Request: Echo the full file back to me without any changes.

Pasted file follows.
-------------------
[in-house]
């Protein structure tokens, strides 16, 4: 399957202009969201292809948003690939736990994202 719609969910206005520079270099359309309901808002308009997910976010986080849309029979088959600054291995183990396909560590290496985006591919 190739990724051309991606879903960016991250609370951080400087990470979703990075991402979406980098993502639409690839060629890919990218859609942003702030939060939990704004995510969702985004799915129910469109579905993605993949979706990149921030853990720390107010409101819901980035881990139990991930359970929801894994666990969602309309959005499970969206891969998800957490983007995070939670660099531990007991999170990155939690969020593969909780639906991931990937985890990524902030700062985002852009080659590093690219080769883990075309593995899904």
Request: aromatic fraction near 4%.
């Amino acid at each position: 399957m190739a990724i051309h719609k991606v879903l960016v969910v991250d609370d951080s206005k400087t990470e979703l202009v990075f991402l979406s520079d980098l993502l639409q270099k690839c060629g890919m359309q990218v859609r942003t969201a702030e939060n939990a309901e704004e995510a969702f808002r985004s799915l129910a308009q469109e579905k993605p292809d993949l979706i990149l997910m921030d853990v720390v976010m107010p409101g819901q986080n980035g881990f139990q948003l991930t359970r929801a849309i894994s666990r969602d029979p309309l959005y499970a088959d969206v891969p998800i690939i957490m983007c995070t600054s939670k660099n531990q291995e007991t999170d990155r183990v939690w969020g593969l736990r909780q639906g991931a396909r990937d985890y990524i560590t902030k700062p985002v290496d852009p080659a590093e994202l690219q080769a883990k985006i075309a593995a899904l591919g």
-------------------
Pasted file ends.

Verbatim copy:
[in-house]
């Protein structure tokens, strides 16, 4: 399957202009969201292809948003690939736990994202 719609969910206005520079270099359309309901808002308009997910976010986080849309029979088959600054291995183990396909560590290496985006591919 190739990724051309991606879903960016991250609370951080400087990470979703990075991402979406980098993502639409690839060629890919990218859609942003702030939060939990704004995510969702985004799915129910469109579905993605993949979706990149921030853990720390107010409101819901980035881990139990991930359970929801894994666990969602309309959005499970969206891969998800957490983007995070939670660099531990007991999170990155939690969020593969909780639906991931990937985890990524902030700062985002852009080659590093690219080769883990075309593995899904």
Request: aromatic fraction near 4%.
């Amino acid at each position: 399957m190739a990724i051309h719609k991606v879903l960016v969910v991250d609370d951080s206005k400087t990470e979703l202009v990075f991402l979406s520079d980098l993502l639409q270099k690839c060629g890919m359309q990218v859609r942003t969201a702030e939060n939990a309901e704004e995510a969702f808002r985004s799915l129910a308009q469109e579905k993605p292809d993949l979706i990149l997910m921030d853990v720390v976010m107010p409101g819901q986080n980035g881990f139990q948003l991930t359970r929801a849309i894994s666990r969602d029979p309309l959005y499970a088959d969206v891969p998800i690939i957490m983007c995070t600054s939670k660099n531990q291995e007991t999170d990155r183990v939690w969020g593969l736990r909780q639906g991931a396909r990937d985890y990524i560590t902030k700062p985002v290496d852009p080659a590093e994202l690219q080769a883990k985006i075309a593995a899904l591919g």